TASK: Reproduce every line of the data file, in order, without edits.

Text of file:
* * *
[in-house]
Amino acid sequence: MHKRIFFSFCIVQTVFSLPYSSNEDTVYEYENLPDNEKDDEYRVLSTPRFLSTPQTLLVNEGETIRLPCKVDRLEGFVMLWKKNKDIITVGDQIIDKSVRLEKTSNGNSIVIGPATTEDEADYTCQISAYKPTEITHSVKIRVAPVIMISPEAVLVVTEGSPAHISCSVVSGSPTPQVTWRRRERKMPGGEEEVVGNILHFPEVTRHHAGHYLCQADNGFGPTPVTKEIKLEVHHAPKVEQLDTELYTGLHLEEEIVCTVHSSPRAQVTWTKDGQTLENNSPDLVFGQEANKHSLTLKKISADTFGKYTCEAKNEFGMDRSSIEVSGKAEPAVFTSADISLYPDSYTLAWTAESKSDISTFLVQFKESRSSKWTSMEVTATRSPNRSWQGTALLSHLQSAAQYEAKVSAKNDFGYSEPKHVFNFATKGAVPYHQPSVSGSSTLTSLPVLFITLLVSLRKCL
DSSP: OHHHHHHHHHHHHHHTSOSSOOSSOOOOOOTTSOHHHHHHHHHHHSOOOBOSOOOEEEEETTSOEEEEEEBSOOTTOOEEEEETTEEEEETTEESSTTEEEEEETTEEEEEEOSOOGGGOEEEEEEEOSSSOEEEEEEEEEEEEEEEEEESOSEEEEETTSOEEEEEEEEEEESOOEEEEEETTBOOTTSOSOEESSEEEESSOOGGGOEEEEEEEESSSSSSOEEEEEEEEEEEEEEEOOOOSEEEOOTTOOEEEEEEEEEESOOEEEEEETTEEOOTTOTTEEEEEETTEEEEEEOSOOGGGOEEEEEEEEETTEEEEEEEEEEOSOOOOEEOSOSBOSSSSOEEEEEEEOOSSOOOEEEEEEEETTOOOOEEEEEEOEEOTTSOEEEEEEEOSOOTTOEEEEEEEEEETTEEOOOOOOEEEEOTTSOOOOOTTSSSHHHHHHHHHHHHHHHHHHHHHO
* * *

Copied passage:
[in-house]
Amino acid sequence: MHKRIFFSFCIVQTVFSLPYSSNEDTVYEYENLPDNEKDDEYRVLSTPRFLSTPQTLLVNEGETIRLPCKVDRLEGFVMLWKKNKDIITVGDQIIDKSVRLEKTSNGNSIVIGPATTEDEADYTCQISAYKPTEITHSVKIRVAPVIMISPEAVLVVTEGSPAHISCSVVSGSPTPQVTWRRRERKMPGGEEEVVGNILHFPEVTRHHAGHYLCQADNGFGPTPVTKEIKLEVHHAPKVEQLDTELYTGLHLEEEIVCTVHSSPRAQVTWTKDGQTLENNSPDLVFGQEANKHSLTLKKISADTFGKYTCEAKNEFGMDRSSIEVSGKAEPAVFTSADISLYPDSYTLAWTAESKSDISTFLVQFKESRSSKWTSMEVTATRSPNRSWQGTALLSHLQSAAQYEAKVSAKNDFGYSEPKHVFNFATKGAVPYHQPSVSGSSTLTSLPVLFITLLVSLRKCL
DSSP: OHHHHHHHHHHHHHHTSOSSOOSSOOOOOOTTSOHHHHHHHHHHHSOOOBOSOOOEEEEETTSOEEEEEEBSOOTTOOEEEEETTEEEEETTEESSTTEEEEEETTEEEEEEOSOOGGGOEEEEEEEOSSSOEEEEEEEEEEEEEEEEEESOSEEEEETTSOEEEEEEEEEEESOOEEEEEETTBOOTTSOSOEESSEEEESSOOGGGOEEEEEEEESSSSSSOEEEEEEEEEEEEEEEOOOOSEEEOOTTOOEEEEEEEEEESOOEEEEEETTEEOOTTOTTEEEEEETTEEEEEEOSOOGGGOEEEEEEEEETTEEEEEEEEEEOSOOOOEEOSOSBOSSSSOEEEEEEEOOSSOOOEEEEEEEETTOOOOEEEEEEOEEOTTSOEEEEEEEOSOOTTOEEEEEEEEEETTEEOOOOOOEEEEOTTSOOOOOTTSSSHHHHHHHHHHHHHHHHHHHHHO